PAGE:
The White House has reportedly dropped from its 2015 budget proposal the use of chained consumer price index to calculate cost-of-living adjustments (COLA) for Social Security and other federal programs, according to news reports.
This is a major victory for AFGE and our labor and congressional allies who have fought against the switch the past two years. If chained CPI is adopted, a typical worker retiring at age 65 would lose $4,600 in 10 years, or $8,700 when he/she turns 80.
AFGE has been outspoken against what we view as a heartless cut that would financially devastate seniors, retirees, veterans, and the disabled. The union earlier this week expressed our support for the 117 lawmakers led by Rep. Allyson Schwartz of Pennsylvania who signed on to a letter asking President Barack Obama not to again include in his 2015 budget proposal the use of chained CPI.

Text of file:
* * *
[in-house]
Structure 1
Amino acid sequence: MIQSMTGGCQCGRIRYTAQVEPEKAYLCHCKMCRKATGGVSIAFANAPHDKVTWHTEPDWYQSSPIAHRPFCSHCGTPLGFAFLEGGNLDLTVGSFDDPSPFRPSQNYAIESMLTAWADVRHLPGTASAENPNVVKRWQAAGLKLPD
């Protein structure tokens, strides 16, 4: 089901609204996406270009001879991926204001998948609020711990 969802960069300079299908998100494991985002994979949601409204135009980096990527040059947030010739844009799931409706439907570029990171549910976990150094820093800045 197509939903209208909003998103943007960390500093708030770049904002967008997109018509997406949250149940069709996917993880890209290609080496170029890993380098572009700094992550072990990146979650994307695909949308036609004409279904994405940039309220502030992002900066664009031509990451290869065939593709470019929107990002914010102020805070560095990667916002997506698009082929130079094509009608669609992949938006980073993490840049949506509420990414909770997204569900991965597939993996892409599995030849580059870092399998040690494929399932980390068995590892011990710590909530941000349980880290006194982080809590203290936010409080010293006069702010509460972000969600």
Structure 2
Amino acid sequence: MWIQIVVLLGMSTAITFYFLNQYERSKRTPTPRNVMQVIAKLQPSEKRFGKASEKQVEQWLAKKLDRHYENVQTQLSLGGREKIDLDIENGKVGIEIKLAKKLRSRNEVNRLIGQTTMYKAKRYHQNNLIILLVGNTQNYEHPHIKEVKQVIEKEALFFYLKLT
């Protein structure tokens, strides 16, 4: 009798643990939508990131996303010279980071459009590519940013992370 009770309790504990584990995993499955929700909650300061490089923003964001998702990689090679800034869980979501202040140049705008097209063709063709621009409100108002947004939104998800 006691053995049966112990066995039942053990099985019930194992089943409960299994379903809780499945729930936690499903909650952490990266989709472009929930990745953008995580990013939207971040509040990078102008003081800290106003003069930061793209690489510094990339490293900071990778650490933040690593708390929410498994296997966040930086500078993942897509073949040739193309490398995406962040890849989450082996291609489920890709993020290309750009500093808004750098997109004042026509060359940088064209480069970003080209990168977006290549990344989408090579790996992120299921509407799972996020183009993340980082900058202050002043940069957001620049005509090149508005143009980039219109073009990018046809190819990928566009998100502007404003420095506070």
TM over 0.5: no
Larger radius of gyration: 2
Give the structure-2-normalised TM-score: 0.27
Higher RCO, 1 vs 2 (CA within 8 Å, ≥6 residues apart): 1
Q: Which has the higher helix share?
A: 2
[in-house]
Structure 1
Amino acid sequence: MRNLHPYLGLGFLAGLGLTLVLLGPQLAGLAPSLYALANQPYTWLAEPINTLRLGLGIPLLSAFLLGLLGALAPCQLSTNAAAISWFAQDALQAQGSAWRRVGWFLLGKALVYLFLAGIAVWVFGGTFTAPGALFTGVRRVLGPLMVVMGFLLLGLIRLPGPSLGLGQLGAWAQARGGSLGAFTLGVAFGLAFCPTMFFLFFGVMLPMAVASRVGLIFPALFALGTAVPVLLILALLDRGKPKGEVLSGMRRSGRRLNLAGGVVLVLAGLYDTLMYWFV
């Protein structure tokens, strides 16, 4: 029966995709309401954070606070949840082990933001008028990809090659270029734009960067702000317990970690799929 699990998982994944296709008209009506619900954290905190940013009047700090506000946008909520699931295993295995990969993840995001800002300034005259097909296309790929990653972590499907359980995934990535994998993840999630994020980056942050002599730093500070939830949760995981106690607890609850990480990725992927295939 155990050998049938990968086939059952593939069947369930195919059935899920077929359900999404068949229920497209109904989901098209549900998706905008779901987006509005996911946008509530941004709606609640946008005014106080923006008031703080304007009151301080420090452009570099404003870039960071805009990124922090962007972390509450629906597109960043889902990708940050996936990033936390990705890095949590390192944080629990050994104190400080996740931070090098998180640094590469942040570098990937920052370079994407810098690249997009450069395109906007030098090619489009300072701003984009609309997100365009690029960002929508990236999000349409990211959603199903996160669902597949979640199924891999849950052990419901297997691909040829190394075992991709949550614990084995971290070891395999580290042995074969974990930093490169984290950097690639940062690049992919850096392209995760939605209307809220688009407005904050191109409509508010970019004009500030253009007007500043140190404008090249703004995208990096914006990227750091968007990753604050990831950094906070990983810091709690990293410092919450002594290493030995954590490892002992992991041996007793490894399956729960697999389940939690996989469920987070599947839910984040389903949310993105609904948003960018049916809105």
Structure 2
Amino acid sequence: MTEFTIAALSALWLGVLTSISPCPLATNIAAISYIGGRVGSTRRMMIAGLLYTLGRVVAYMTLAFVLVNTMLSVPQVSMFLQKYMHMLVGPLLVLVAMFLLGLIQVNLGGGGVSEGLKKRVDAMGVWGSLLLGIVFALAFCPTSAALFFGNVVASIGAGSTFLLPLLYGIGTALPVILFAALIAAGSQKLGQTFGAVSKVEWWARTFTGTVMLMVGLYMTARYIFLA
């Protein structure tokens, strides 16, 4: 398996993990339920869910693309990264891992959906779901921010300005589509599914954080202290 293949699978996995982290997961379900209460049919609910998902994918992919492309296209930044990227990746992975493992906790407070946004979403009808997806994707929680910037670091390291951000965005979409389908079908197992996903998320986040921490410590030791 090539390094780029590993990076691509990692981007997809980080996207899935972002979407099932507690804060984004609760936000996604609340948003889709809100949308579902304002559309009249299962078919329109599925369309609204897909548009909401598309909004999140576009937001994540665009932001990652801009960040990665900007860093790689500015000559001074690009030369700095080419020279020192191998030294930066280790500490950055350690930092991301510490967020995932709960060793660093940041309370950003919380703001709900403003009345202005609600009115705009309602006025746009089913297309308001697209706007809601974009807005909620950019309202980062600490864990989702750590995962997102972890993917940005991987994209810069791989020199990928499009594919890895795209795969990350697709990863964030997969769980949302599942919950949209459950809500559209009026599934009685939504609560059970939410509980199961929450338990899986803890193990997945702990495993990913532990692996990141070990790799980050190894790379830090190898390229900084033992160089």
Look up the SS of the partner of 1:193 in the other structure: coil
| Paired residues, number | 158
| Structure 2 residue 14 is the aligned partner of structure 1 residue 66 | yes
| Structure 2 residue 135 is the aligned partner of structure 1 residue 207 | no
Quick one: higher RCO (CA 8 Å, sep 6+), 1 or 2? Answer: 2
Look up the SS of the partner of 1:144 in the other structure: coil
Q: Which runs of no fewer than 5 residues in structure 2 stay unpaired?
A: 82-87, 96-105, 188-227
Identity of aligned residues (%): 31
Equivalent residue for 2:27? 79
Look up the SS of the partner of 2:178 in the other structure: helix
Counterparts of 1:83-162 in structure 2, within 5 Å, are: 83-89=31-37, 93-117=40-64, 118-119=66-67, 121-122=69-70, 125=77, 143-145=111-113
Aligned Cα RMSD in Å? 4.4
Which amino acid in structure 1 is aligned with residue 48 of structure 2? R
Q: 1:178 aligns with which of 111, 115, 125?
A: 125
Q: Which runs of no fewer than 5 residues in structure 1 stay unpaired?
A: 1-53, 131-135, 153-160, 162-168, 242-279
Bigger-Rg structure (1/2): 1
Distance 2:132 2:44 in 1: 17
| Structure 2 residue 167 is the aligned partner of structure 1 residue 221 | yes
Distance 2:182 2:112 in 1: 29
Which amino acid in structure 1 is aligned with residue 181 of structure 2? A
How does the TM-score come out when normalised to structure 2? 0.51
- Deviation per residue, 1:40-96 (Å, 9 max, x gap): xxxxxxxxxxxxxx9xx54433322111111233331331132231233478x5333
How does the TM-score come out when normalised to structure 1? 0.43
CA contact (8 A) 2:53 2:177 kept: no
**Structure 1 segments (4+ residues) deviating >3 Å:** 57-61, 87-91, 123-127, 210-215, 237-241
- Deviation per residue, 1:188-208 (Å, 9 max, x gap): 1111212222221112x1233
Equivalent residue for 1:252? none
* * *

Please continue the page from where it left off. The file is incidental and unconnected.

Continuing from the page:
To many seniors, their inflation-protected Social Security benefit is the only thing that stands between having to choose between buying food and medicine. The flawed rationale behind the proposed switch also doesn’t take into account the fact that many seniors can’t just switch medical treatment like they could with beef and chicken.
AFGE is cautiously optimistic and continues to urge the White House not to use the livelihood of seniors and veterans as a bargaining chip in deficit reduction negotiations with extremist lawmakers.
Read more at about Chained CPI at Politico.com.